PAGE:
# Gaseous Discharge and Electrons

## Gaseous discharge

1. Gaseous discharge is phenomenon of discharge of gas by reducing pressure to very low value.

2. A gas is insulator at normal temperature and pressure.

3. A gas can be made conducting by

I. Applying very high voltage.

II. Reducing pressure of a gas to very low value.

4. Results of pressure in discharge tube experiment:

Pressure Inside TubeResult
Normal pressureNo discharge(gas acts as insulator)
10 mm of HgZig zag thin blue streamers with cracking space
5 mm of HgZig zag thick luminous column(Geissler's discharge)
2 mm of HgLuminous positive column from cathode to anode
1 mm of HgFaraday's dark space between positive column and negative glow
0.5 mm of HgCrooke's dark space between cathode glow and negative glow
0.05 mm of HgBreaking of positive column into striations
0.01 mm of HgCathode rays travel from cathode to anode
0.0001 mm of HgDischarge vaishes

## Cathode rays

1. Discovered by Sir William Crookes.

2. Cathode rays are stream of fast moving electrons.

3. They are not electromagnetic wave.

4. They are deflected in electric and magnetic field.

5. The can travel with speed ranging $\dfrac{1}{30}^{th}$ to $\dfrac{1}{10}^{th}$ velocity of light.

6. They ionize the gas through which they pass.

7. They produce florescence and can affect photographic plate.

8. They possess both momentum and kinetic energy and can exert mechanical pressure.

9. They produce heat on falling on metal surface.

10. They can penetrate thin foils of metal but produces x-rays on striking metal of high melting point and high atomic weight.

## Positive rays

1. Discovered by Eugen Goldstein.

2. These are streams of positive ions which are moving towards the cathode in discharge tube.

3. They are deflected by electric and magnetic field.

4. They are produced at different places in the discharge tube. As they are produced at different places in discharge tube, they are accelerated to different intervals of time in the electric field. Hence, they acquire different velocities.

5. Their velocity is much less than that of cathode rays as they are heave.

6. They ionize the gas through which they pass and their ionizing power is more than that of cathode rays.

## J.J. Thomson’s experiment

1. It was conducted by Joseph John Thomson in 1897 A.D.

2. Operating principle: When the electron is projected in cross field, it passes undeviated.

Note: When an electron is projected in cross field (E perpendicular B), it passes undeviated and velocity of electron , $v = \dfrac{E}{B}$

3. The result of this experiment is determination of specific charge of electron i.e.

$\dfrac{e}{m} = \dfrac{v}{rB} = \dfrac{E}{rB^2}$

4. Specific charge of electron is $1.77 \times 10^{11} C/kg$.

5. When an electron beam is accelerated from cathode to anode, it loses its potential energy in gaining kinetic energy at anode. i.e.

$rV = \dfrac{1}{2}mv^2$

## Millikan’s oil drop experiment

1. It was conducted by Robert Andrews Millikan in 1909 A.D.

2. It is used to determine charge of an electron.

3. It is strong evidence of quantization of charge.

4. It is based on Stoke’s law of viscosity.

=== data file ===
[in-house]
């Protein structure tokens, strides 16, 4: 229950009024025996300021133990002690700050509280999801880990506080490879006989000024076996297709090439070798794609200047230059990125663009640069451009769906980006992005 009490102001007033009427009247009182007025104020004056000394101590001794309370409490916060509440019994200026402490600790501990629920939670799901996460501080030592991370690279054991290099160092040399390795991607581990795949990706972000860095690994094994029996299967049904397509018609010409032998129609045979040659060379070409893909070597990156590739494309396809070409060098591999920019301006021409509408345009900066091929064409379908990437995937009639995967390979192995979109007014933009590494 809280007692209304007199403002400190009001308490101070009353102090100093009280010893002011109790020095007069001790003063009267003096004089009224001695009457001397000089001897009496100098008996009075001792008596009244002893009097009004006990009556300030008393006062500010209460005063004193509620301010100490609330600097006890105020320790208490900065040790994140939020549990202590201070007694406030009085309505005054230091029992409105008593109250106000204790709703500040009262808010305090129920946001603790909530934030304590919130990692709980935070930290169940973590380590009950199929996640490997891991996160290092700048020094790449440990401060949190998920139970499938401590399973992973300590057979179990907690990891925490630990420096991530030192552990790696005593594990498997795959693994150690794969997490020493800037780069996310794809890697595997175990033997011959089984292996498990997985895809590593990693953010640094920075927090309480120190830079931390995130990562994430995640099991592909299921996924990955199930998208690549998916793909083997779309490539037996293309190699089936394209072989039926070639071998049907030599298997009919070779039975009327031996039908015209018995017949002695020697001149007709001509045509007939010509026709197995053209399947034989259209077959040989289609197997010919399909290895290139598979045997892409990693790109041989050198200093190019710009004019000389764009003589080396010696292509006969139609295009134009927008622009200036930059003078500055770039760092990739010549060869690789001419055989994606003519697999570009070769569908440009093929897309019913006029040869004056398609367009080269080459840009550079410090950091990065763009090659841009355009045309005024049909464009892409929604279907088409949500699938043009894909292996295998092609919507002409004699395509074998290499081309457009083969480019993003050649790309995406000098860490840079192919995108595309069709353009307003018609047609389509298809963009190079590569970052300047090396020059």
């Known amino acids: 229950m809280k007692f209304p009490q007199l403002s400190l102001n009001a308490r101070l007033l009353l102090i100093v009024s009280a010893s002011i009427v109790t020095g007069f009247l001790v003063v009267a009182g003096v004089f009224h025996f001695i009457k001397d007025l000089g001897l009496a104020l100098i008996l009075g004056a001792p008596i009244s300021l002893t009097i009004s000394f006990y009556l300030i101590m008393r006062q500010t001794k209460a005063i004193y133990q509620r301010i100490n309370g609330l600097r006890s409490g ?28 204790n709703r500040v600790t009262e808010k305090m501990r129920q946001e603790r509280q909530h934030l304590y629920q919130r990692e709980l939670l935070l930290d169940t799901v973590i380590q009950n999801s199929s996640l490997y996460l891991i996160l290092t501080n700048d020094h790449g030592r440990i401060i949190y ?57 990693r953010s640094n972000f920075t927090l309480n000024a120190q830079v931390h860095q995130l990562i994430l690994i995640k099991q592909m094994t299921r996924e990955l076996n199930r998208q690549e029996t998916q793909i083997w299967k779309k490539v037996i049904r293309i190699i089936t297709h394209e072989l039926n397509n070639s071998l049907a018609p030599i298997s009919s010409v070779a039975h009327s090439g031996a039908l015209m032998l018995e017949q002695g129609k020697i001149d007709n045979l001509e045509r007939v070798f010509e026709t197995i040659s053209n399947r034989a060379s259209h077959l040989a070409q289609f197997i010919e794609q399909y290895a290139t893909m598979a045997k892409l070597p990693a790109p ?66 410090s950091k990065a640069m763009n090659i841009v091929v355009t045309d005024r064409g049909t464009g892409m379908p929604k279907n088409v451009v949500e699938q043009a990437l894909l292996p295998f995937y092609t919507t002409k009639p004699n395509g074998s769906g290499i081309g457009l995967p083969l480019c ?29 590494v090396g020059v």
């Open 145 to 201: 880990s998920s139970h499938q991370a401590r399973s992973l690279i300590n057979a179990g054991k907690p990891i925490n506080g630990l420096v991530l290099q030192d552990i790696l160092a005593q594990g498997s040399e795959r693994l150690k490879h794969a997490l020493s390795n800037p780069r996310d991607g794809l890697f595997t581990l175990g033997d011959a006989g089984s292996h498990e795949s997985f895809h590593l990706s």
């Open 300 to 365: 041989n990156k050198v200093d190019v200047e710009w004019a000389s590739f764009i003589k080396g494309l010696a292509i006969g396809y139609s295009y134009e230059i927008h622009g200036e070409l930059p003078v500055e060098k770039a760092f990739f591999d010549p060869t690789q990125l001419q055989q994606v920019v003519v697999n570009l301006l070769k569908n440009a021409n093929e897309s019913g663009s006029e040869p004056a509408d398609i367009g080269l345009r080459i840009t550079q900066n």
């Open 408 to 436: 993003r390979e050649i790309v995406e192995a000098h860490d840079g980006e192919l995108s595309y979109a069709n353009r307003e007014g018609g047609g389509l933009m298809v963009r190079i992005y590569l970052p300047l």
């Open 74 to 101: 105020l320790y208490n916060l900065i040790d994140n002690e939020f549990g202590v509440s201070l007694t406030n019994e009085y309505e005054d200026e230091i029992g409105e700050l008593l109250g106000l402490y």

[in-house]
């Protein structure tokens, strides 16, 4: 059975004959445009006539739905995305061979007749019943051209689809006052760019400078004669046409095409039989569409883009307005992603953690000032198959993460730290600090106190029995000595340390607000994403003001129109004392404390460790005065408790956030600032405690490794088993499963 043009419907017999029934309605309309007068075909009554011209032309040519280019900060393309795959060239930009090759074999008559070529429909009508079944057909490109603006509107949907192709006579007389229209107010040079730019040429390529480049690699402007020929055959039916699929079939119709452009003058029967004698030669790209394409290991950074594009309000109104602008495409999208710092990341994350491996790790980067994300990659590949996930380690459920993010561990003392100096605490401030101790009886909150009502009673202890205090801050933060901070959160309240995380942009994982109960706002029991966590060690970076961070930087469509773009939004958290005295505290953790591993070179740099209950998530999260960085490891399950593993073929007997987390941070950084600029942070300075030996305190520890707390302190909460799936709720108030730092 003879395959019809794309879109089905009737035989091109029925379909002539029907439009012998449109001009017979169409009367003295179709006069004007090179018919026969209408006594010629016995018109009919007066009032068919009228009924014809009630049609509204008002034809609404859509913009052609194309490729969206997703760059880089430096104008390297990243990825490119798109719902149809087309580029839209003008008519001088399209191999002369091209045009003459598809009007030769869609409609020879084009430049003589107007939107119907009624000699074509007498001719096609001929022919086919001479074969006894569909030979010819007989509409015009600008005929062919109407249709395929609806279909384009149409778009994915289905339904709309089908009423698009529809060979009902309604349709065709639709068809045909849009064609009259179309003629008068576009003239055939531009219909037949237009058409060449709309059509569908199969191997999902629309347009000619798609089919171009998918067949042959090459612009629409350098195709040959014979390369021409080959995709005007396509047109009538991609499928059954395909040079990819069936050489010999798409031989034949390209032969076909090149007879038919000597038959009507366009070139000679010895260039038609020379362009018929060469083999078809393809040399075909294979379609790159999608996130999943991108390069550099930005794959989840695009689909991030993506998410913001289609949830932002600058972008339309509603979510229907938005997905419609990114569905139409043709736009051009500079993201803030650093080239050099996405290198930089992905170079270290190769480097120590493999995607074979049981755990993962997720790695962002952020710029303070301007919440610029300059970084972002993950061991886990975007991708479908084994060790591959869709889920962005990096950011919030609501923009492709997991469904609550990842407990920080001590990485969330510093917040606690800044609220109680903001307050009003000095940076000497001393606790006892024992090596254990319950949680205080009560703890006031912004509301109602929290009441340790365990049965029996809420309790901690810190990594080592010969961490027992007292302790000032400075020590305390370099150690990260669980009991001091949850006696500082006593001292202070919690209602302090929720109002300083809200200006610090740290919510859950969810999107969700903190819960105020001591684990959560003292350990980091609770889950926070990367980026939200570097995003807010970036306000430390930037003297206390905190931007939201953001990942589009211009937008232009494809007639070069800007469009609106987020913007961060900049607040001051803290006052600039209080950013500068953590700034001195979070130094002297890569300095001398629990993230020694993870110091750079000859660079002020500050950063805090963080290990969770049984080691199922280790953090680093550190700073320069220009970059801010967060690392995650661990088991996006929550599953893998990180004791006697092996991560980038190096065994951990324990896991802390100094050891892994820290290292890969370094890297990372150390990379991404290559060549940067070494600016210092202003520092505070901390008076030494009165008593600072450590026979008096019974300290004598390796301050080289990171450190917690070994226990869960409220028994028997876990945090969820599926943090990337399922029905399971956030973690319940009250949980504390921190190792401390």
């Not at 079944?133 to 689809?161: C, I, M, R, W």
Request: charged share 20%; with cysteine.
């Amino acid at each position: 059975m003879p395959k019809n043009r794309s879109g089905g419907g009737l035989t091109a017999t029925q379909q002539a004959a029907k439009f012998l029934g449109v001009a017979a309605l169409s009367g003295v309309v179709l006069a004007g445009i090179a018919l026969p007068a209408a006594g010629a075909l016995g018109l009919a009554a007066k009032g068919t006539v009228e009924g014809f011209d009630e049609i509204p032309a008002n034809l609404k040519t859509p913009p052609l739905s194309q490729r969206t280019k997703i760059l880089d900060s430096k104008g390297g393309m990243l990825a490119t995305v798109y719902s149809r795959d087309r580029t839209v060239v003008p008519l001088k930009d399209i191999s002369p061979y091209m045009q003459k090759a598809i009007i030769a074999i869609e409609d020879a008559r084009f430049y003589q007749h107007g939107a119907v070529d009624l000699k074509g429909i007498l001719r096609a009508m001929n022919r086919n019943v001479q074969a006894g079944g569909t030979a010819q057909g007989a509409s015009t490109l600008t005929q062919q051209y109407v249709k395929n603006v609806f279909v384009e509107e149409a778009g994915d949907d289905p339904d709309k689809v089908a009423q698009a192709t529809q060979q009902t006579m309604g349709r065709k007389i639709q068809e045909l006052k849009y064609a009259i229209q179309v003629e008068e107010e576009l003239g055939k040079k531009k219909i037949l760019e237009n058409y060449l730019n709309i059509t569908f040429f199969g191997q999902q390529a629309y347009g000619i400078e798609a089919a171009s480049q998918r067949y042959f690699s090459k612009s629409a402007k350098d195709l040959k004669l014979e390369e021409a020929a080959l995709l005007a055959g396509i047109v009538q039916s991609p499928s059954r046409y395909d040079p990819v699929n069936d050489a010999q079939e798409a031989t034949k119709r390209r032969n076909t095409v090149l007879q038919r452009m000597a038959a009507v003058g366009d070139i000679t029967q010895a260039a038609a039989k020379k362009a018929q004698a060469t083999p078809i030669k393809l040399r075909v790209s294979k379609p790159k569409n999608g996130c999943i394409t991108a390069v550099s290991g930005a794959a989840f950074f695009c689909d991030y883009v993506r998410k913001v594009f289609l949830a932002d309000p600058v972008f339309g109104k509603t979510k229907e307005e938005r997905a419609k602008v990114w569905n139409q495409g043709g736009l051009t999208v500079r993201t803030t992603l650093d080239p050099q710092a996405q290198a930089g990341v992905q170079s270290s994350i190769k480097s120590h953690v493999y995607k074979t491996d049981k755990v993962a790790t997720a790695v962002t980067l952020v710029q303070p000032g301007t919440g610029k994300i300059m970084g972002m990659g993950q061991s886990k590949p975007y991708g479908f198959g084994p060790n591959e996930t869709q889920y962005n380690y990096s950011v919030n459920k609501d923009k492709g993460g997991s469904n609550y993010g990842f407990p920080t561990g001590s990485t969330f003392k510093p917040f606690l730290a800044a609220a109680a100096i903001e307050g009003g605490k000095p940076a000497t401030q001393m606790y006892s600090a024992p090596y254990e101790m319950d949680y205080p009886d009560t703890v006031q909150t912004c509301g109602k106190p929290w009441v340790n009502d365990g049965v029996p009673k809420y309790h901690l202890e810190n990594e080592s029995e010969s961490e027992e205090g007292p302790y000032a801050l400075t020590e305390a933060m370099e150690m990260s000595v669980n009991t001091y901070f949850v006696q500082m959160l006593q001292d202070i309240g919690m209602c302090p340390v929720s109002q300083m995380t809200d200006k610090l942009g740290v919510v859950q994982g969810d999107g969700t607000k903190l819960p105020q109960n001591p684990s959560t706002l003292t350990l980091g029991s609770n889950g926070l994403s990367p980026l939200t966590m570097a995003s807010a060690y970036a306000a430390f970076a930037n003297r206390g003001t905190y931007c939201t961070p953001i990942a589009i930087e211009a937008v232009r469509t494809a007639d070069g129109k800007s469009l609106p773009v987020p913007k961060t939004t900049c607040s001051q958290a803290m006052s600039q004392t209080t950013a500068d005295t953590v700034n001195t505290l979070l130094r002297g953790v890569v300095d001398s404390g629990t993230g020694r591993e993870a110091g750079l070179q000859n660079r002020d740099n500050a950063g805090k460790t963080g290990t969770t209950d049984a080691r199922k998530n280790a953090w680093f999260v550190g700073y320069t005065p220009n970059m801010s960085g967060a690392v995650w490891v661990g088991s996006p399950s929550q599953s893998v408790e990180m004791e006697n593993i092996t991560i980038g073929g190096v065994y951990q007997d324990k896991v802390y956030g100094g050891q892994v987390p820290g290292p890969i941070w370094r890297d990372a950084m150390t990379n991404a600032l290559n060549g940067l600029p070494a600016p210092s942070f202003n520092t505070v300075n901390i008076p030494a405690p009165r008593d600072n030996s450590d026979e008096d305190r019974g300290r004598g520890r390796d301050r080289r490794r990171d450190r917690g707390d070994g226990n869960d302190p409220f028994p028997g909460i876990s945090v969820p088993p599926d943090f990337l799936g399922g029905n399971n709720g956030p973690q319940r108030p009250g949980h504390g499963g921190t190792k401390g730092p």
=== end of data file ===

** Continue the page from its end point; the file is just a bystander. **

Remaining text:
5. Note:

I. For stationary drop in electric field, $QE = mg$

II. For oil drop falling downwards with terminal velocity ‘$v_2$’,

$Q = \dfrac{6 \pi \eta}{E}(v_1 - v_2)\sqrt{\dfrac{9 \eta v_1}{2(\rho - \sigma)g}}$

$\to$ The charge of an electron is elementary charge and was found to be
$1.602 \times 10^{-19}$.

## Effect of electric field on charge

1. When a charged particle having charge ‘$q$’ of mass ‘$m$’ moving with velocity ‘$v$’ is subjected to a uniform electric field ‘$E$

I. Force experienced by particle

$\vec{F} = \vec{E} q$

II. The path of particle is straight line, when its velocity is parallel or antiparallel to electric field.

III. The path of particle is parabolic, when angle between velocity and electric field is other than $0^o$ and $180^o$.

IV. The displacement of the charged particle parallel to $E$ which is perpendicular to initial direction of motion of particle while entering the electric field is $y = \dfrac{1}{2}at^2 = \dfrac{qE}{2m}.\dfrac{l^2}{v^2}$

, where $l$ is distance through which electric field is acting.

## Effect of magnetic field on charge

1. When a charged particle having charge ‘$q$’ of mass ‘$m$’ moving with velocity ‘$v$’ is subjected to a uniform magnetic field ‘$B$

I. Force experienced by particle

$\vec{F} = q (\vec{v} \times \vec{B} )$

II. The direction of $\vec{F}$ is perpendicular to $\vec{v}$ as well as $\vec{B}$.

III. The path of particle is straight line, when its velocity is parallel or antiparallel to magnetic field.

IV. The path of particle is helical/spiral, when angle between velocity and electric field is other than $0^o$$90^o$ and $180^o$.

V. The path of particle is circular, when angle between velocity and electric field is $90^o$.

VI. The displacement of the charged particle due to magnetic field is $y = \dfrac{1}{2}at^2=\dfrac{1vB}{2m}.\dfrac{l^2}{v^2}=\dfrac{qB}{2m}.\dfrac{l^2}{v^2}$ , where $l$ is distance through which magnetic field is acting.

VII. If $v$ is perpendicular to $B$, then $F = qvB$ (maximum force). Then the particle will describe a circular path of radius r, given my $\dfrac{mv^2}{r} = qvB$ i.e. $r = \dfrac{mv}{1B}$

VIII. The speed, magnitude of momentum and $KE$ of particle does not change while moving through magnetic field.

IX. If $v$ is parallel or antiparallel to $B$, the force on particle is zero and velocity of particle remains unchanged.

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